By Michael Kitson, Ron Martin, and Peter Tyler
Europe has a Greek tragedy; the US is grappling with a Tea Party; and in the UK we have the economic consequences of austerity. The focus is budget deficits, public expenditure cuts and being ‘all in it together’. But, of course, we are not all in it together. The impact of austerity is very unequal: the whole mess was started by the financial sector driven by avarice and hiding behind the convenient veil of ‘free markets’; but the burden is being felt by the poor, the unemployed and the destitute. And the inequality is being felt in different parts of the UK, Europe and the USA.
The origins of the crisis can be traced back to the 1980s and the deregulation of financial markets. This led to an explosion in household debt driven by a perfect storm of asset price inflation in housing and stock markets; cheap goods from China and elsewhere in the Far East; and a glut of savings, in China, Japan, and the oil exporters. The global financial system, unleashed from regulation, developed ever more ‘creative’ ways of making money. During this period, many of the advanced countries had increasing structural trade deficits, whereas other countries (China, Japan and the oil exporters) had structural surpluses. Simply, the former were continually spending more than they earned whereas the latter were continually earning more than they spent. This is only sustainable if the deficit nations can borrow or sell assets. And this is what happened. The global financial system developed increasingly innovative ways to recycle resources from surplus countries to fund the consumption habit in deficit countries; and also novel ways to transfer the ownership of assets (land, property and businesses) from consumers in deficit countries to savers in surplus countries. But a debt-driven consumption boom is dependent on debtors repaying their debt. Once it became apparent that this was not going to be the case, the foundations of the global financial system – built on speculation, leverage and confidence – became increasingly vulnerable to collapse. As Keynes had observed in 1936 “when the capital development of a country becomes the by-product of a casino, the job is likely to be ill done”.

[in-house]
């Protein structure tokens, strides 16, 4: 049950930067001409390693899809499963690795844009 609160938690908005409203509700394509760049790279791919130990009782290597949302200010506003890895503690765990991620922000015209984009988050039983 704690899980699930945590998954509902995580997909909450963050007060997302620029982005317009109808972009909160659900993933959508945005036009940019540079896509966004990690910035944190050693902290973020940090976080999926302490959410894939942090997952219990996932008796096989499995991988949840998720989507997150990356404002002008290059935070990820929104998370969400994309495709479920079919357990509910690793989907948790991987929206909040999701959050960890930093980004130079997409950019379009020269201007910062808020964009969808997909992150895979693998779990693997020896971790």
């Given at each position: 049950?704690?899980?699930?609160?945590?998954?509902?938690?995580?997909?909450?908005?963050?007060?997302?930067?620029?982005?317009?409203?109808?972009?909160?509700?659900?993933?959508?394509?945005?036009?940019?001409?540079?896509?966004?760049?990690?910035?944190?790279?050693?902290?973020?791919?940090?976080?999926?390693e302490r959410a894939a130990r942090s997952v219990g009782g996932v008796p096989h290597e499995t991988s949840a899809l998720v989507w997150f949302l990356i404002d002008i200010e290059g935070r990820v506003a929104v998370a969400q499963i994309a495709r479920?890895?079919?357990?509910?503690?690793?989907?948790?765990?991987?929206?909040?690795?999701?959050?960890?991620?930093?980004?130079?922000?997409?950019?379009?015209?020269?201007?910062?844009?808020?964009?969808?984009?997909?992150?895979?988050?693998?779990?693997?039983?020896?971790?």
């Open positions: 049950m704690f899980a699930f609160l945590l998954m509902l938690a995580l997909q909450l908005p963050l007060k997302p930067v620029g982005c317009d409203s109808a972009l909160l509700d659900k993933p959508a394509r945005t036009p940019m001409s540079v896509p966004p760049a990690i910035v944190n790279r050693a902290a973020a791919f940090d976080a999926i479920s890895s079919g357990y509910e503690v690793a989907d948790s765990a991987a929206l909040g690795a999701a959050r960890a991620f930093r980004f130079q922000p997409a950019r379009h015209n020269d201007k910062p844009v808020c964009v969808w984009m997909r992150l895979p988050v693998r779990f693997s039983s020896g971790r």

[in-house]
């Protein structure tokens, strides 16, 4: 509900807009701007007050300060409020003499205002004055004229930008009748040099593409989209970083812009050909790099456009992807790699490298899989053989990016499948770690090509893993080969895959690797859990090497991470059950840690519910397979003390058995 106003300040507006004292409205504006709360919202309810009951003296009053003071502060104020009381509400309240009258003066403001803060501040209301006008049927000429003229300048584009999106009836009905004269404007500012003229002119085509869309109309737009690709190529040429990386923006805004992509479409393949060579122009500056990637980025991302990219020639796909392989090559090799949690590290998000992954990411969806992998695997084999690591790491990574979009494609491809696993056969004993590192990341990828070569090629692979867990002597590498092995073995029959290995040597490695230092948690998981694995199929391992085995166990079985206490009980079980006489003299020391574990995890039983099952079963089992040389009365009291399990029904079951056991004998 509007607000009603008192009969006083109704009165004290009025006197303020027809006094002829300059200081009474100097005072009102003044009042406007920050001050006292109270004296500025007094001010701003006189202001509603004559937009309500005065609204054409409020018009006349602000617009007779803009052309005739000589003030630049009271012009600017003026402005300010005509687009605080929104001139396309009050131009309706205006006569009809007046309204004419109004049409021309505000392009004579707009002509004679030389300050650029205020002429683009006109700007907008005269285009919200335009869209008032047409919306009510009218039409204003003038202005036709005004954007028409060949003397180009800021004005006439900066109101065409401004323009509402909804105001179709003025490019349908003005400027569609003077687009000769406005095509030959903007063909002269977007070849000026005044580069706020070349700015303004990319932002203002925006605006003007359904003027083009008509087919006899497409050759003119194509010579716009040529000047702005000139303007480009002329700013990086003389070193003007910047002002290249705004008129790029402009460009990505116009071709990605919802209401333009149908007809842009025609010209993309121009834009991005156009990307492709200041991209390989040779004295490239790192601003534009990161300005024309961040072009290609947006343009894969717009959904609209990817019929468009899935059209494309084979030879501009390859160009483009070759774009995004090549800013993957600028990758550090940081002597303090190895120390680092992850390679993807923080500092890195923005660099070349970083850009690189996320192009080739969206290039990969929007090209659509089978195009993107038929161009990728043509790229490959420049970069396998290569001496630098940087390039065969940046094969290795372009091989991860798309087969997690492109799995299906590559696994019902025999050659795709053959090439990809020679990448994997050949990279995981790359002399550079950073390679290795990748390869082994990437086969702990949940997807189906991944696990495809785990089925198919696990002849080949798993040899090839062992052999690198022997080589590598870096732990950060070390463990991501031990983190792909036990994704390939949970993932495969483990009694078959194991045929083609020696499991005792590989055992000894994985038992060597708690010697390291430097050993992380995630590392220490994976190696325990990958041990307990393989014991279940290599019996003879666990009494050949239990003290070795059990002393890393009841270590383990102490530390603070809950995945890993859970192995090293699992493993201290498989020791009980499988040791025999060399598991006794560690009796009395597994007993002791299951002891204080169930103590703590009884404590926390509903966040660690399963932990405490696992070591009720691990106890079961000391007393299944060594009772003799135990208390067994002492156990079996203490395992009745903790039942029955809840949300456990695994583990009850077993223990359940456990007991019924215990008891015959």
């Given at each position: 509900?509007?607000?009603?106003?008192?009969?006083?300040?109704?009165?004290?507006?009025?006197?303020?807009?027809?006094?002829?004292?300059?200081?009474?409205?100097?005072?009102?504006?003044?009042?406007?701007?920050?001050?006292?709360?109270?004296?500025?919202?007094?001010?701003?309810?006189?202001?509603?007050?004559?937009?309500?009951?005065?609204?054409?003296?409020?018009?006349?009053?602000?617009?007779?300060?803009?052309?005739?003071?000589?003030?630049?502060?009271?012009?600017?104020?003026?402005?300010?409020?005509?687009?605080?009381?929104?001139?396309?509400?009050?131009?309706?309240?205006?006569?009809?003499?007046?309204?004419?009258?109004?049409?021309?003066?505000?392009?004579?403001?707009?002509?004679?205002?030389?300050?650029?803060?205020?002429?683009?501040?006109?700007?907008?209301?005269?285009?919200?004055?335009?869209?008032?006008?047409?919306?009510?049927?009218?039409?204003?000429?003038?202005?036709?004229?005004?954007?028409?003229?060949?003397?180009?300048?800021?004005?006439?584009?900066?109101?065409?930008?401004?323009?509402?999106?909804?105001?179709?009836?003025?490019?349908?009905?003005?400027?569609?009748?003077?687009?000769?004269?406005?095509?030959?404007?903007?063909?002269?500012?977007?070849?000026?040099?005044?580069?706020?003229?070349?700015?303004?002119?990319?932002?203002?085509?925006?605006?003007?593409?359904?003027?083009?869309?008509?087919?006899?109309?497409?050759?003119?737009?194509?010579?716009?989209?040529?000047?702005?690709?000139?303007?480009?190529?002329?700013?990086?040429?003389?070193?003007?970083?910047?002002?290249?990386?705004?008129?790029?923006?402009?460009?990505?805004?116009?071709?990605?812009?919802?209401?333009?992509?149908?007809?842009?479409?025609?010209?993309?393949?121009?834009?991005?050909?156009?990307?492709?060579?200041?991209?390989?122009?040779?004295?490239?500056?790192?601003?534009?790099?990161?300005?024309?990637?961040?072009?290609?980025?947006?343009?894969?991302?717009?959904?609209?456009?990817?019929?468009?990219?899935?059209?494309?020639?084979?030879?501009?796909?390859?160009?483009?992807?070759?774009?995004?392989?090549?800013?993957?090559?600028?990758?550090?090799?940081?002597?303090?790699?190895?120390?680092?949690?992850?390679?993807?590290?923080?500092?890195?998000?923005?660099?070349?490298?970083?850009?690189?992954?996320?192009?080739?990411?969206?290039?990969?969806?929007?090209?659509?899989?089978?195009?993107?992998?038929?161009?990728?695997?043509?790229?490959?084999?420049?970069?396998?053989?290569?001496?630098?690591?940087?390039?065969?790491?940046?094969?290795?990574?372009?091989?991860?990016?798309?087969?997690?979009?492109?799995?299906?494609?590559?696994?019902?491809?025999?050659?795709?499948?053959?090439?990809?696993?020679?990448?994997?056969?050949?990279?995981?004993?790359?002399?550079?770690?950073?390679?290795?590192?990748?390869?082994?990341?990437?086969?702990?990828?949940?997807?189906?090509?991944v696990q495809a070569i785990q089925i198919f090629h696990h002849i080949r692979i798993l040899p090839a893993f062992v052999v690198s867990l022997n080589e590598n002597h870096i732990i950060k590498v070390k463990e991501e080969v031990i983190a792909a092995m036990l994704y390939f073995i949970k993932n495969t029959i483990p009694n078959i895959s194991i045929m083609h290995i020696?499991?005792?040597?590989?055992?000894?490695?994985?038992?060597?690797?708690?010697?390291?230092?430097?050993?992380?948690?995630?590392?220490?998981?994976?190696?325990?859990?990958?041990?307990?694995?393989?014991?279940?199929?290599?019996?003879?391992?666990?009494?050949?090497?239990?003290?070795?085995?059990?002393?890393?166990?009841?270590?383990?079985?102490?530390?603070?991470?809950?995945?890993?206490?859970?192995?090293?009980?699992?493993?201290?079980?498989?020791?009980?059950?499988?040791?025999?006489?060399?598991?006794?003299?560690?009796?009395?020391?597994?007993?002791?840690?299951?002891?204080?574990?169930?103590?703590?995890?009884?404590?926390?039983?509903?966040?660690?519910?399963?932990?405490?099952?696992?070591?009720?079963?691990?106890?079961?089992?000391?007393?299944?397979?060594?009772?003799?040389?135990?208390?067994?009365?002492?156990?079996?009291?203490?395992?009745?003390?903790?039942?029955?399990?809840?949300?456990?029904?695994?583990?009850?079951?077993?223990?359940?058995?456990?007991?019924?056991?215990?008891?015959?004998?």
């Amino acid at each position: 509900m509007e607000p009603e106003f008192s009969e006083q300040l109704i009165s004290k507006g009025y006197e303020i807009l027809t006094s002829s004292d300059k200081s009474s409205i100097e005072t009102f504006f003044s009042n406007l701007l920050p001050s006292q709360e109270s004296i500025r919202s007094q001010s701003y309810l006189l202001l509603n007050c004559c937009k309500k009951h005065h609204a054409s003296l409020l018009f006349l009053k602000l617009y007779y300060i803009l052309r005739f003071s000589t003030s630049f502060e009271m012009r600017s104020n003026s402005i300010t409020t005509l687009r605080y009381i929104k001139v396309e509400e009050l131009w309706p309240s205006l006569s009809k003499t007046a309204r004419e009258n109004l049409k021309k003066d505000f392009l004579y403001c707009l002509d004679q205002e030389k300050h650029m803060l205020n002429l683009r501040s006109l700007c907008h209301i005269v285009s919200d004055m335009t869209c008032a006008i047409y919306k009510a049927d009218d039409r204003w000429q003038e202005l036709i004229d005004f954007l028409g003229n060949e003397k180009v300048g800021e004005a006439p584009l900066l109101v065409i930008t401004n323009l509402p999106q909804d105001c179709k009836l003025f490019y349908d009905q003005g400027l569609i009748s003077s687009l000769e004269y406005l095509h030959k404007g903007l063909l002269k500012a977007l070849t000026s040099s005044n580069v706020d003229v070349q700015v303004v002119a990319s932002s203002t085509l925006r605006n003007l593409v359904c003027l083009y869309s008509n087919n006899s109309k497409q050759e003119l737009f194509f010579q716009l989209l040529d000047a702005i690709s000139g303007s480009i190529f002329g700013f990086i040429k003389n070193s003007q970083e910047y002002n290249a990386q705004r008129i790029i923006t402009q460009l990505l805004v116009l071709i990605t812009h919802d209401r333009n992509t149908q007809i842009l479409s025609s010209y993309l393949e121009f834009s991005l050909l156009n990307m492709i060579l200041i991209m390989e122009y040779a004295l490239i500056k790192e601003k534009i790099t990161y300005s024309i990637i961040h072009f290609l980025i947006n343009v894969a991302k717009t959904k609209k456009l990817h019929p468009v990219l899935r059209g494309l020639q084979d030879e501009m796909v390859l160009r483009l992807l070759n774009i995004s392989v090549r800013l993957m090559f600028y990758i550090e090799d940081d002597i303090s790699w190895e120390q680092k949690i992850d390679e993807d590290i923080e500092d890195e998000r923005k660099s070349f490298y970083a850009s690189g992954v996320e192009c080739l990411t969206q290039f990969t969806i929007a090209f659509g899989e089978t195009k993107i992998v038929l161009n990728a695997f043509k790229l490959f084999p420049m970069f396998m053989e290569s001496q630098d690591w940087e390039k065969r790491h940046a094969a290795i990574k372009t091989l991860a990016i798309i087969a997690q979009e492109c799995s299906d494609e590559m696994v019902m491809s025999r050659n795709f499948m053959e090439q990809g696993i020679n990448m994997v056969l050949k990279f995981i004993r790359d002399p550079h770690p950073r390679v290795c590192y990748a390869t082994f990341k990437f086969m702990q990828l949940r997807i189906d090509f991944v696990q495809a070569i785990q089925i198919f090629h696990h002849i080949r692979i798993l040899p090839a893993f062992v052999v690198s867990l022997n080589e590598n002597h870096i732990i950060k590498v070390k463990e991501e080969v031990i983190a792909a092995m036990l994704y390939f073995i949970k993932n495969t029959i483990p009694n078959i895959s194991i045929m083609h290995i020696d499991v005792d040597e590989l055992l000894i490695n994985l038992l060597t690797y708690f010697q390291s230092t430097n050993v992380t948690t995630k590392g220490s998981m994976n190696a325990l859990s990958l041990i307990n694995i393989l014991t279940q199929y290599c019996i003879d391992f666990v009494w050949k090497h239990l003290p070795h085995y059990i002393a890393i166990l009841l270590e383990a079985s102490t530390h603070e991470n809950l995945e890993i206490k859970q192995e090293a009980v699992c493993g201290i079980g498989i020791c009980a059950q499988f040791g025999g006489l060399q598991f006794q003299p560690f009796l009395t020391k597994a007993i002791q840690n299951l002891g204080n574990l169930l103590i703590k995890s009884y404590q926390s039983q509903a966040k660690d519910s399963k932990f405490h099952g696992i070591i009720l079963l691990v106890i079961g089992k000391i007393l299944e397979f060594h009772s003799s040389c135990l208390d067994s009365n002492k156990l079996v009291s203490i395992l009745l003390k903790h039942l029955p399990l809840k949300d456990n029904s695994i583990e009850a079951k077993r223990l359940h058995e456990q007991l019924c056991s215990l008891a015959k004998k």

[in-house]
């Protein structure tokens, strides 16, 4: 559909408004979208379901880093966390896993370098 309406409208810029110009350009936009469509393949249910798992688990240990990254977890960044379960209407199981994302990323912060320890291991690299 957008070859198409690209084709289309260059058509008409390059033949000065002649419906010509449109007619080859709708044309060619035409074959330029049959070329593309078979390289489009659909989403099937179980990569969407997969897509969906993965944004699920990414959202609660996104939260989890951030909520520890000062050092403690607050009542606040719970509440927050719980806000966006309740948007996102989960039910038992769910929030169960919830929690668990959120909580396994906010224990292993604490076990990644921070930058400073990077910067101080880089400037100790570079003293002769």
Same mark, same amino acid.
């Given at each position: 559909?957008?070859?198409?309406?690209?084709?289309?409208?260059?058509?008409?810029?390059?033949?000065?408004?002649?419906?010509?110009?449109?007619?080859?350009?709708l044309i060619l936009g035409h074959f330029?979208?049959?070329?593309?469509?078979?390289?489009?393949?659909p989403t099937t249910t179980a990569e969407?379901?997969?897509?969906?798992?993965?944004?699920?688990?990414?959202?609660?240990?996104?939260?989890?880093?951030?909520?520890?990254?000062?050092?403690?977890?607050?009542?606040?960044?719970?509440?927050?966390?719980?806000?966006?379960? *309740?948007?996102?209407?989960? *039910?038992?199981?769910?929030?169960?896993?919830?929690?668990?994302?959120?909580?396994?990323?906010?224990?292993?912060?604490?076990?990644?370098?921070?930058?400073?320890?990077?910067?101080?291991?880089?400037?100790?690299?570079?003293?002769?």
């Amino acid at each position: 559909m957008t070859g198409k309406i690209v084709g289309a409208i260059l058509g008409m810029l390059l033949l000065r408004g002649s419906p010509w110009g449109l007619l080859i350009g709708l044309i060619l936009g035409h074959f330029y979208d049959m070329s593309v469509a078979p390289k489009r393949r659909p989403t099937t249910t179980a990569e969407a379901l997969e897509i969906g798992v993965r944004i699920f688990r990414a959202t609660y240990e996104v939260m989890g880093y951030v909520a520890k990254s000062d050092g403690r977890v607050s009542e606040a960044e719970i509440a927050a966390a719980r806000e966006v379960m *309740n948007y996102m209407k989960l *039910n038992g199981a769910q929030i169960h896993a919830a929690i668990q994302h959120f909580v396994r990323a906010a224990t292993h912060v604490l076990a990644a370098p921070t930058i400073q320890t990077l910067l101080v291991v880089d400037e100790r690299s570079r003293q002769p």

And when the casino went bust it was the public sector that stepped in to rescue the banks and to stop economies going into freefall. The rise in Government expenditure and budget deficits was necessary and vital. But now Governments almost everywhere have embarked, or are embarking on, programmes of major cuts and reductions in public spending on a scale not seen for decades. At both central and local government levels, support for public services, investment in public infrastructures, and expenditure on welfare have all been targeted for major cuts and retrenchment. A new discourse of ‘rebalancing’ the economy has taken hold in government circles, of reducing the size of the state in favour of the private market. Reducing the scale of national debt is regarded as fundamental to restore the fiscal integrity of states and prevent default, to appease the financial markets and stave off threats from the bond markets, and to restart economic growth. The mantra is one of ‘renewing prosperity through austerity’. Some prominent critics have questioned this strategy, arguing that making major and rapid cuts in government budgets may merely prolong economic recession rather than stimulate recovery. Governments should spend their way out of the recession, and worry about budget deficits later: growth would in fact help to bring deficits down.
It is important to recognise that the negative economic effects that have resulted from the move from boom to bust have not been felt equally across the population of the economies affected. Some people in some places have suffered disproportionately more than others. This has been particularly the case as the effects of the financial crisis have taken hold but also reflects the impact of austerity measures to reduce debt.